Making a Good Script Great
    by Linda Seger
  • Making a Literary Life
    Making a Literary Life
    by Carolyn See
  • Master Class: Scenes from a Fiction Workshop
    Master Class: Scenes from a Fiction Workshop
    by Paul West
  • Metaphors We Live By
    Metaphors We Live By
    by George Lakoff, Mark Johnson
  • The Midnight Disease: The Drive to Write, Writer's Block, and the Creative Brain
    The Midnight Disease: The Drive to Write, Writer's Block, and the Creative Brain
    by Alice Weaver Flaherty
  • Henry Miller on Writing (New Directions Paperbook)
    Henry Miller on Writing (New Directions Paperbook)
    by Henry Miller
  • Movie Speak: How to Talk Like You Belong on a Movie Set
    Movie Speak: How to Talk Like You Belong on a Movie Set
    by Tony Bill
  • Narrative Design: Working with Imagination, Craft, and Form
    Narrative Design: Working with Imagination, Craft, and Form
    by Madison Smartt Bell
  • New Grub Street (Broadview Editions)
    New Grub Street (Broadview Editions)
    by George Gissing
  • Nonconformity
    Nonconformity
    by Nelson Algren
  • On Becoming a Novelist
    On Becoming a Novelist
    by John Gardner
  • One Writer's Beginnings (The William E. Massey Sr. Lectures in the History of American Civilization)
    One Writer's Beginnings (The William E. Massey Sr. Lectures in the History of American Civilization)
    by Eudora Welty
  • On Writing Short Stories
    On Writing Short Stories
    Oxford University Press, USA
  • On Writing: A Memoir Of The Craft
    On Writing: A Memoir Of The Craft
    by Stephen King
  • On Writing Well, 30th Anniversary Edition: The Classic Guide to Writing Nonfiction
    On Writing Well, 30th Anniversary Edition: The Classic Guide to Writing Nonfiction
    by William Zinsser
  • The Oxford Dictionary of Allusions (Oxford Paperback Reference)
    The Oxford Dictionary of Allusions (Oxford Paperback Reference)
    Oxford University Press, USA
  • Poetic Meter and Poetic Form
    Poetic Meter and Poetic Form
    by Paul Fussell
  • The Paris Review Interviews, Vols. 1-4
    The Paris Review Interviews, Vols. 1-4
    by The Paris Review
  • Reading Like a Writer: A Guide for People Who Love Books and for Those Who Want to Write Them (P.S.)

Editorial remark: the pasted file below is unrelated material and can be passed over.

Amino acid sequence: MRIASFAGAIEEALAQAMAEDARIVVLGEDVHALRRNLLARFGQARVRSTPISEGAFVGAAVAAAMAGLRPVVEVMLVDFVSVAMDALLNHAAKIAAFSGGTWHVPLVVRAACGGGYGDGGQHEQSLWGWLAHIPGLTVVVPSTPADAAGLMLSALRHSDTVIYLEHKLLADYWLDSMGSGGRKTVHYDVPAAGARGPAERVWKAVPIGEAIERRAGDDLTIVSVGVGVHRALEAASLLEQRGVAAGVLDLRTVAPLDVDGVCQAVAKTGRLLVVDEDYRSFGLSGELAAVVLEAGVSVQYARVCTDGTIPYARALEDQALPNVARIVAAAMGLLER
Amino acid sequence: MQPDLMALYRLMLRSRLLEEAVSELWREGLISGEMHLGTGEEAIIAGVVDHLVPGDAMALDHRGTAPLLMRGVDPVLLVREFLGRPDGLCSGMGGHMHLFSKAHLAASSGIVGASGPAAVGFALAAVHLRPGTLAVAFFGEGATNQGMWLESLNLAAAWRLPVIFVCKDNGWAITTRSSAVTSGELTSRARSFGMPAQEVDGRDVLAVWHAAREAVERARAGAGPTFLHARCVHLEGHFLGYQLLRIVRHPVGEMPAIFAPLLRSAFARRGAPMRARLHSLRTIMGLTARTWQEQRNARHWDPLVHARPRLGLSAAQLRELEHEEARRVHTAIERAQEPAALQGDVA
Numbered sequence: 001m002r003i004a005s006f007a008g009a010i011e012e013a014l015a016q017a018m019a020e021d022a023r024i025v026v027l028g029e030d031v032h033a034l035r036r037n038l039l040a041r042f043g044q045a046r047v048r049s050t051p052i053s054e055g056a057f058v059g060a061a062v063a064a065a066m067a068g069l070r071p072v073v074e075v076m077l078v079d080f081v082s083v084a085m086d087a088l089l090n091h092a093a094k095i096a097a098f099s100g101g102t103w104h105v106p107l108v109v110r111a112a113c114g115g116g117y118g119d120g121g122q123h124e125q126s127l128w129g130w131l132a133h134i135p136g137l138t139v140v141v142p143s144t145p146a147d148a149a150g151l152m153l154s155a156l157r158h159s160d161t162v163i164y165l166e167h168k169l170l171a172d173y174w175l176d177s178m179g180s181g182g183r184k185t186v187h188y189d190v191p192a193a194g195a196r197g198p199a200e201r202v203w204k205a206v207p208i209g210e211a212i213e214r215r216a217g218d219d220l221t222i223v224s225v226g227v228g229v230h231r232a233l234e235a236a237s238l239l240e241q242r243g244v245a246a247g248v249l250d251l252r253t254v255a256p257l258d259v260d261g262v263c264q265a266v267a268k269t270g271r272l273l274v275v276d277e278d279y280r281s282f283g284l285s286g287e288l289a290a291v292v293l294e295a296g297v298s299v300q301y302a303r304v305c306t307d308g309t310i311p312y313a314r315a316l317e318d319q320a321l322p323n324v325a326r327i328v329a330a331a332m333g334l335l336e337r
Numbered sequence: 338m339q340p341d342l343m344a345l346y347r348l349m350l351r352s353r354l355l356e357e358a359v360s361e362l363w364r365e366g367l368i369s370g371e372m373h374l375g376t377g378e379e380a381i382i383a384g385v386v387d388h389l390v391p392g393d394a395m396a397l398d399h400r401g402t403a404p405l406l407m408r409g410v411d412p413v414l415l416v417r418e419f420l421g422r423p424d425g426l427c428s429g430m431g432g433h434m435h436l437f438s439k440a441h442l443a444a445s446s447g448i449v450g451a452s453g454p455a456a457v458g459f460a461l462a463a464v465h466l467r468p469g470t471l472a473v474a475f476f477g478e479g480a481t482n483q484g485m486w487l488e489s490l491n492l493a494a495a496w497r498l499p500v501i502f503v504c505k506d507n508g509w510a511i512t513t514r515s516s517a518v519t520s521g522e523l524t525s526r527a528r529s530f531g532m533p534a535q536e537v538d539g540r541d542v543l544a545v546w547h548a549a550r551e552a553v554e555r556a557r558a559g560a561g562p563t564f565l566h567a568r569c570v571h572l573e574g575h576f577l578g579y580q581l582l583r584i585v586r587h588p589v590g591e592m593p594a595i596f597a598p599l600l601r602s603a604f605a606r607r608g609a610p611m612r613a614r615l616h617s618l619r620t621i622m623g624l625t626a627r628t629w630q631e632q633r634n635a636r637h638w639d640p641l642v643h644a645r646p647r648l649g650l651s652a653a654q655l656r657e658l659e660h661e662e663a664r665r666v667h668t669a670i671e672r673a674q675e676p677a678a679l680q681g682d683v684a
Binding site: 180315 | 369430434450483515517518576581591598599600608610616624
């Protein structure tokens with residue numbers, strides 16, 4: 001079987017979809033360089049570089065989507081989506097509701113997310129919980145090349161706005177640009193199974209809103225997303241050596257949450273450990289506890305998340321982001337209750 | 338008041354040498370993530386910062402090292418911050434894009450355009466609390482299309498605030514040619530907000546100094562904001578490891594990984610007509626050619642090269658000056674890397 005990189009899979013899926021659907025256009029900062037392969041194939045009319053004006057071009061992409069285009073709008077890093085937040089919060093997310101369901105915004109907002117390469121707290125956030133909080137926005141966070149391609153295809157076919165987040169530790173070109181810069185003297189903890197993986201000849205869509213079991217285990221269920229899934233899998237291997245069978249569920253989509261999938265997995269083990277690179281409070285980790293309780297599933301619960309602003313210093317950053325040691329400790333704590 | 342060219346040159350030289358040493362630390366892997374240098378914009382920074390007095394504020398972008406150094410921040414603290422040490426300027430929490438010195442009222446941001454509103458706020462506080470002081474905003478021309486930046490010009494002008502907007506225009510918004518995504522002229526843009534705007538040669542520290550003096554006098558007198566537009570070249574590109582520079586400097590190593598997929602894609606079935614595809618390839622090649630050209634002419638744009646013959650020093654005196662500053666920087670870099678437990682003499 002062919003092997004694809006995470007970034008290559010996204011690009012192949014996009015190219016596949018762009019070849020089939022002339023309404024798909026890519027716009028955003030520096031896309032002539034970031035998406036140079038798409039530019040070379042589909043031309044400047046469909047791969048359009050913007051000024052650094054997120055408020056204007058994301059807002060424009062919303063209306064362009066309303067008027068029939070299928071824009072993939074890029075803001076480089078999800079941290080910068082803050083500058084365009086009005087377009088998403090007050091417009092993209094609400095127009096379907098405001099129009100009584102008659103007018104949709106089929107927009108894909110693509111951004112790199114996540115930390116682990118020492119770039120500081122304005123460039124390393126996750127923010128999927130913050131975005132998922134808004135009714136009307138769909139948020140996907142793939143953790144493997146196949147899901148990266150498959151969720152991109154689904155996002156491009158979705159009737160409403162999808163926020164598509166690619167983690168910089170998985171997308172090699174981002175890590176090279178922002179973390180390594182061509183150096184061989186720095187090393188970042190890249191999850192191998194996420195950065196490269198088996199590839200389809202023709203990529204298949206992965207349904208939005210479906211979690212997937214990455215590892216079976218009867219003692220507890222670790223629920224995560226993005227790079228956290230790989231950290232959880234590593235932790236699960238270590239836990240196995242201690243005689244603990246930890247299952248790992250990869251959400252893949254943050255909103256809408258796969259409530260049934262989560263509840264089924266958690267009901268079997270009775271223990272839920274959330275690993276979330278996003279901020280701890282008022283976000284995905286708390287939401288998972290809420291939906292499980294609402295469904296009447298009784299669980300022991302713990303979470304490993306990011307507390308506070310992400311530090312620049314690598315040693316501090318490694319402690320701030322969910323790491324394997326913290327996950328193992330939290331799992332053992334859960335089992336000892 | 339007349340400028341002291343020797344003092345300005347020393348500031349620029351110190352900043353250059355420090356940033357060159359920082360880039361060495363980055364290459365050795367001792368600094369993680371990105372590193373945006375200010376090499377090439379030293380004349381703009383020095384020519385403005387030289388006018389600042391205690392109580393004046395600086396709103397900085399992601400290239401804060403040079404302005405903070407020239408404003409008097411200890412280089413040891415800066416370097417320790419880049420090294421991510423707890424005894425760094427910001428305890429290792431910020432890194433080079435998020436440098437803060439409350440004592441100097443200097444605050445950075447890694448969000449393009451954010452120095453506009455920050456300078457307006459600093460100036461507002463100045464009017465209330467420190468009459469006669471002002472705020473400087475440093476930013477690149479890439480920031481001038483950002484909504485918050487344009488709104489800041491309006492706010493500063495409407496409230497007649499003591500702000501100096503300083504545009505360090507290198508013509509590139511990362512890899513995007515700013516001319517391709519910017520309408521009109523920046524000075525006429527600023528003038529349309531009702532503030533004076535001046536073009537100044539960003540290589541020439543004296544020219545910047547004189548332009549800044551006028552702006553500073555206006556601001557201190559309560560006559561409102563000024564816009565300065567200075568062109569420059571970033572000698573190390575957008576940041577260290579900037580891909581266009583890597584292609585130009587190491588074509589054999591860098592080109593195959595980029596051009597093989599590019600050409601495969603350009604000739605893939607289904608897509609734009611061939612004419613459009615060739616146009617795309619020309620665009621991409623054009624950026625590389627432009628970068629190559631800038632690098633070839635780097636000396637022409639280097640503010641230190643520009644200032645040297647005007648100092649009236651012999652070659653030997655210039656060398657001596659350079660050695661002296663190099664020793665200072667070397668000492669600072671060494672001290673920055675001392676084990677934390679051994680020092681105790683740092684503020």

Reading Like a Writer: A Guide for People Who Love Books and for Those Who Want to Write Them (P.S.)
    by Francine Prose
  • The Rhetoric of Fiction
    The Rhetoric of Fiction
    by Wayne C. Booth
  • The Right to Write: An Invitation and Initiation into the Writing Life
    The Right to Write: An Invitation and Initiation into the Writing Life
    by Julia Cameron
  • Self-Editing for Fiction Writers, Second Edition: How to Edit Yourself Into Print
    Self-Editing for Fiction Writers, Second Edition: How to Edit Yourself Into Print
    by Renni Browne, Dave King
  • Dan Poynter's Self-Publishing Manual, 16th Edition: How to Write, Print and Sell Your Own Book (Self Publishing Manual)
    Dan Poynter's Self-Publishing Manual, 16th Edition: How to Write, Print and Sell Your Own Book (Self Publishing Manual)
    by Dan Poynter
  • Simple & Direct
    Simple & Direct
    by Jacques Barzun
  • Sister Bernadette's Barking Dog: The Quirky History and Lost Art of Diagramming Sentences
    Sister Bernadette's Barking Dog: The Quirky History and Lost Art of Diagramming Sentences
    by Kitty Burns Florey
  • The Situation and the Story: The Art of Personal Narrative
    The Situation and the Story: The Art of Personal Narrative
    by Vivian Gornick
  • The Sound on the Page: Great Writers Talk about Style and Voice in Writing
    The Sound on the Page: Great Writers Talk about Style and Voice in Writing
    by Ben Yagoda
  • Story: Substance, Structure, Style and The Principles of Screenwriting
    Story: Substance, Structure, Style and The Principles of Screenwriting
    by Robert Mckee
  • Stylish Academic Writing
    Stylish Academic Writing
    by Helen Sword
  • Successful Television Writing
    Successful Television Writing
    by Lee Goldberg, William Rabkin
  • The Summing Up
    The Summing Up
    by W. Somerset Maugham
  • 13 Ways of Looking at the Novel
    13 Ways of Looking at the Novel
    by Jane Smiley
  • Tales from the Script: 50 Hollywood Screenwriters Share Their Stories
    Tales from the Script: 50 Hollywood Screenwriters Share Their Stories
    by Peter Hanson, Paul Robert Herman
  • To Show and to Tell: The Craft of Literary Nonfiction
    To Show and to Tell: The Craft of Literary Nonfiction
    by Phillip Lopate
  • Understanding Comics: The Invisible Art
    Understanding Comics: The Invisible Art
    by Scott Mccloud
  • What If? Writing Exercises for Fiction Writers
    What If? Writing Exercises for Fiction Writers
    by Anne Bernays, Pamela Painter
  • The War of Art: Break Through the Blocks and Win Your Inner Creative Battles
    The War of Art: Break Through the Blocks and Win Your Inner Creative Battles
    by Steven Pressfield
  • Why We Write: 20 Acclaimed Authors on How and Why They Do What They Do
    Why We Write: 20 Acclaimed Authors on How and Why They Do What They Do
    Plume
  • Women Writers at Work: The Paris Review Interviews
    Women Writers at Work: The Paris Review Interviews
    Modern Library
  • The Writer Got Screwed (but didn't have to): Guide to the Legal and Business Practices of Writing for the Entertainment Industry